Skylights featured on Astronomy Picture of the Day

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Skylights featured five times on Earth Science Picture of the Day:
1 , 2 , 3 , 4 , 5

Taurus rising

Photo of the Week. Taurus and the Pleiades rise beyond bare branches.

Astronomy news for the week starting Friday, November 9, 2001.

Some weeks are busy, others not -- this one defines "not," except for the chance to see a dark star-filled sky. The only "news" as such is the new Moon, which takes place the night of Wednesday, the 14th, around midnight in North America. Under near-perfect conditions, the thin crescent, less than a day "old," might be visible the night of Thursday, the 15th, but that would be a near record -- you will really have to wait until the evening of Friday, the 16th, the sighting to be highlighted next week.

While there are no crossings, conjunctions, and so on, the planets still shine with their admirable brilliance. Though the planets sometimes seem to "line up" (but never exactly), they are now spread all over the sky (ignoring Pluto) in three clumps that consist of Mars-Uranus-Neptune, Jupiter-Saturn, and Venus-Mercury. (Such groupings come and go and mean nothing physically -- they represent only an attractive sight.) Mars, moving easterly through Capricornus between Neptune and Uranus, is still quite visible in the southwestern evening sky, and does not set until after 10 PM. Saturn, on the other hand, beautifully placed in Taurus to the east of the Hyades, is now rising just before evening twilight ends. Jupiter, in the middle of Gemini, makes a splashier impact, rising around 8:30. The two will make a glorious sight in mid-winter skies. Though the close visitation between the morning's Venus and Mercury is now over, Venus remains behind to mark the dawn sky, though just barely, the bright planet now rising after twilight and visible only low on the eastern horizon.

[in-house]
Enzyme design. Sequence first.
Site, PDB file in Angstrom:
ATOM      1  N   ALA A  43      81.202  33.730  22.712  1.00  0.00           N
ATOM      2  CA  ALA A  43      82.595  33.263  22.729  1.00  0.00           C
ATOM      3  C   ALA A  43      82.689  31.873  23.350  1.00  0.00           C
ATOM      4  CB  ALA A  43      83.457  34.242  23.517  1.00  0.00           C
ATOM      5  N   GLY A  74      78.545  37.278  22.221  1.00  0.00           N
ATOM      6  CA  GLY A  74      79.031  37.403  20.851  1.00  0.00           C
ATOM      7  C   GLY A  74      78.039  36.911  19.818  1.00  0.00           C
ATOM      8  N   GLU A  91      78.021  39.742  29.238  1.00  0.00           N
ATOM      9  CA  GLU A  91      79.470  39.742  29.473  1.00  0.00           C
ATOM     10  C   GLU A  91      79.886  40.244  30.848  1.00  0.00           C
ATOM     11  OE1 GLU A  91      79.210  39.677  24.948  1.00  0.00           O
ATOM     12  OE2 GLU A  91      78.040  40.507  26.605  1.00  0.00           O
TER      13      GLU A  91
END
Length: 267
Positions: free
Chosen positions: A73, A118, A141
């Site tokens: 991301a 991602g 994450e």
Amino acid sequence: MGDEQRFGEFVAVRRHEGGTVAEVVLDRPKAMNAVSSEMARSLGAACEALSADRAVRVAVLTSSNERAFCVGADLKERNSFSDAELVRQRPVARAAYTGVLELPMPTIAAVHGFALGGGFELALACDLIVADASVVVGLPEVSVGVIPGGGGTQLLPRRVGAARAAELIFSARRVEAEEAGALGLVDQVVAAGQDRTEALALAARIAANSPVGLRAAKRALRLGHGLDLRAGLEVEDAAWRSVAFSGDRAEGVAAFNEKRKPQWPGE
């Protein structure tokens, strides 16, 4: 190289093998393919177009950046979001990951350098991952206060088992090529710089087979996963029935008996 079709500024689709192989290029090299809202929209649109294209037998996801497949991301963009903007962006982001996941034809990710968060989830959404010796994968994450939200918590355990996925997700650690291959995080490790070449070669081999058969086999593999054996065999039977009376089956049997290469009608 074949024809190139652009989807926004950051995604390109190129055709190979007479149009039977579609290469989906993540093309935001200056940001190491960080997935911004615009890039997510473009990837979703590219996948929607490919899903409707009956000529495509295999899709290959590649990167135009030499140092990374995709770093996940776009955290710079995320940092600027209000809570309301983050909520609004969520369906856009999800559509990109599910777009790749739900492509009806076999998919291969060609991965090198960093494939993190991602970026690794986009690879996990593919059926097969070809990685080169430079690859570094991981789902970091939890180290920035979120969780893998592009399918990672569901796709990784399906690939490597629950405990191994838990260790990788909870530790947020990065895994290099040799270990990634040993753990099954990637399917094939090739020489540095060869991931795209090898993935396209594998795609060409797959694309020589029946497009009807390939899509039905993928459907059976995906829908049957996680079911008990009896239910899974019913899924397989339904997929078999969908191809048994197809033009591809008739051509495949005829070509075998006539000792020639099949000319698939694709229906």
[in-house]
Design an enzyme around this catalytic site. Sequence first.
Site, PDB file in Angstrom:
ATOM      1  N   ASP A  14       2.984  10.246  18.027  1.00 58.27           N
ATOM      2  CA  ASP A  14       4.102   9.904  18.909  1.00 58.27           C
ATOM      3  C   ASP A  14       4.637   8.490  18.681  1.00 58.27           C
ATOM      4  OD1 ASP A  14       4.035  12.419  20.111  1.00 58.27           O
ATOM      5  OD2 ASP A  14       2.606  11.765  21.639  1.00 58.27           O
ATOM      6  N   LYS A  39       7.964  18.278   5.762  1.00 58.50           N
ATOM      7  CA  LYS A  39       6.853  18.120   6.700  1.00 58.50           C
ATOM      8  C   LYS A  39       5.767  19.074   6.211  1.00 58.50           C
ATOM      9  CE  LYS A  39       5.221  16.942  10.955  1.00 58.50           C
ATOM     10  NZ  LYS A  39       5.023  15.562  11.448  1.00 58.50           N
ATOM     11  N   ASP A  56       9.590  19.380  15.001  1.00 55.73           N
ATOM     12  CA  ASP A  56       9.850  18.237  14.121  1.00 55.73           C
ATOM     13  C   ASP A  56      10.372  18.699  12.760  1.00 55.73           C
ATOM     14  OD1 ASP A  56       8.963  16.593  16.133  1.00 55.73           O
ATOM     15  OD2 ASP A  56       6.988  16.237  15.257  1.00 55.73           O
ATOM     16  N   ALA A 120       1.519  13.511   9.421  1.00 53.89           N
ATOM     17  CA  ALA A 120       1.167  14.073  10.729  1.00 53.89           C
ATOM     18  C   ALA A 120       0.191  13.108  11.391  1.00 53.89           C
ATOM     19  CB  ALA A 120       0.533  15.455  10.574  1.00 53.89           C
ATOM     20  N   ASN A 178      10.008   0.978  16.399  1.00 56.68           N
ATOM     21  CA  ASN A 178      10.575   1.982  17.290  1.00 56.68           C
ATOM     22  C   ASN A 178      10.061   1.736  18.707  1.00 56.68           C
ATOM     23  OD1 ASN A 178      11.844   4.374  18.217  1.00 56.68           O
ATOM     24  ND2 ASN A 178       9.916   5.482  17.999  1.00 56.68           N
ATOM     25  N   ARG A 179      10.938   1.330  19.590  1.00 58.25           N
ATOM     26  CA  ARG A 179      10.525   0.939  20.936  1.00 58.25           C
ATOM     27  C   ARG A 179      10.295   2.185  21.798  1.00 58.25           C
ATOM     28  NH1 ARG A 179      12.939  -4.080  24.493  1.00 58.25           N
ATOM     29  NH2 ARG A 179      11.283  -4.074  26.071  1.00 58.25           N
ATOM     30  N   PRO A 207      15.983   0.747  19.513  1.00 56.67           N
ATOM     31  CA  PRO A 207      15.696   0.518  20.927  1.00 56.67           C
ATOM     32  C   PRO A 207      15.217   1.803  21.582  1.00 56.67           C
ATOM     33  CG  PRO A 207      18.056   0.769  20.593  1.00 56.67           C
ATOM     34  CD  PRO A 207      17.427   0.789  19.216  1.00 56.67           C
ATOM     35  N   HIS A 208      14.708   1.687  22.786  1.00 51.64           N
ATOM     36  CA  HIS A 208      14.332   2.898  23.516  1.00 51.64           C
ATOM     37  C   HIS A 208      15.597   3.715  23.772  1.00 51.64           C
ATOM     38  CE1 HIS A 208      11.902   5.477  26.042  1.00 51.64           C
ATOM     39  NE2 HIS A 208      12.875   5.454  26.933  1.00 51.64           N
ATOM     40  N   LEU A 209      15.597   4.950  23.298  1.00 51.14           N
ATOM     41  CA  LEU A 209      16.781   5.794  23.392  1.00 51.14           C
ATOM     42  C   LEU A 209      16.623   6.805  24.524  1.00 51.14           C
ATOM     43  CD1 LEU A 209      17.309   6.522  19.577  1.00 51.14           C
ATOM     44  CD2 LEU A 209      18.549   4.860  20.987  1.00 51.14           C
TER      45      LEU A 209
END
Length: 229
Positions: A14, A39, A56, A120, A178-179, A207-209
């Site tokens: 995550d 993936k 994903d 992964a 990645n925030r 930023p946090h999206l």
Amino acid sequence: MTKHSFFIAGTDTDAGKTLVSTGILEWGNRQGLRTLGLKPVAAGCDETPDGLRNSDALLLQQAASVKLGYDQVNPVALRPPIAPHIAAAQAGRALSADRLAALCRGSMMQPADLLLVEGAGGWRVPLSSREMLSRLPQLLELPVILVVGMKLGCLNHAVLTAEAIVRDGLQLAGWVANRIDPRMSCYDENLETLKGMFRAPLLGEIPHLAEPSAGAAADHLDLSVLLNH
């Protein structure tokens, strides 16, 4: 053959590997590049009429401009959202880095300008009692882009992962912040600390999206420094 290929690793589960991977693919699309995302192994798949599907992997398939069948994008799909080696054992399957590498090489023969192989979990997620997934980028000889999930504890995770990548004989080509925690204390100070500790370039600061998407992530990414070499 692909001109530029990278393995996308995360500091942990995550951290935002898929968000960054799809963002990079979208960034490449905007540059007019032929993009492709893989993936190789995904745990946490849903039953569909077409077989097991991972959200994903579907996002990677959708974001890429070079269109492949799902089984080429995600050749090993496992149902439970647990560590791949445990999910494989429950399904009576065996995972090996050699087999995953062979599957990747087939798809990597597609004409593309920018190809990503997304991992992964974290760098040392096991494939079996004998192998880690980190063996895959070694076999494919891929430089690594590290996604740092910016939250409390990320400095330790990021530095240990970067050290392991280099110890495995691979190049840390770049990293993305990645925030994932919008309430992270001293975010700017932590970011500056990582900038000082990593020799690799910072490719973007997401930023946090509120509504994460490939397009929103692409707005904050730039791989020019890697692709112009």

Though we speak of 88 "official" constellations, there are really many more, "informal constellations" called "asterisms." The "Great Square" of Pegasus now lines up on the meridian to the south around 8 PM. Directly below it, find the "Circlet" that makes one of the fish of Pisces, the fishes. To the right you can see the triangle that makes the "Water Jar" of Aquarius. A bit to the northwest of Pegasus, and passing nearly overhead in mid-northern latitudes, is Cassiopeia, the Queen, who reigns with not one but two asterisms, her famed "W" and her "Chair" (made of the "W" and one other star), which represents an uncomfortable- looking throne if ever one was. Among the best-known asterisms for northerners is the Little Dipper of Ursa Minor, the smaller bear, which itself contains another asterism, the "Guardians of the Pole," Kochab and Pherkad. They appear to "protect" Polaris, the star that lies almost directly at the sky's north rotation pole, and is almost an asterism all by itself. Others abound, to be highlighted in the months to come.
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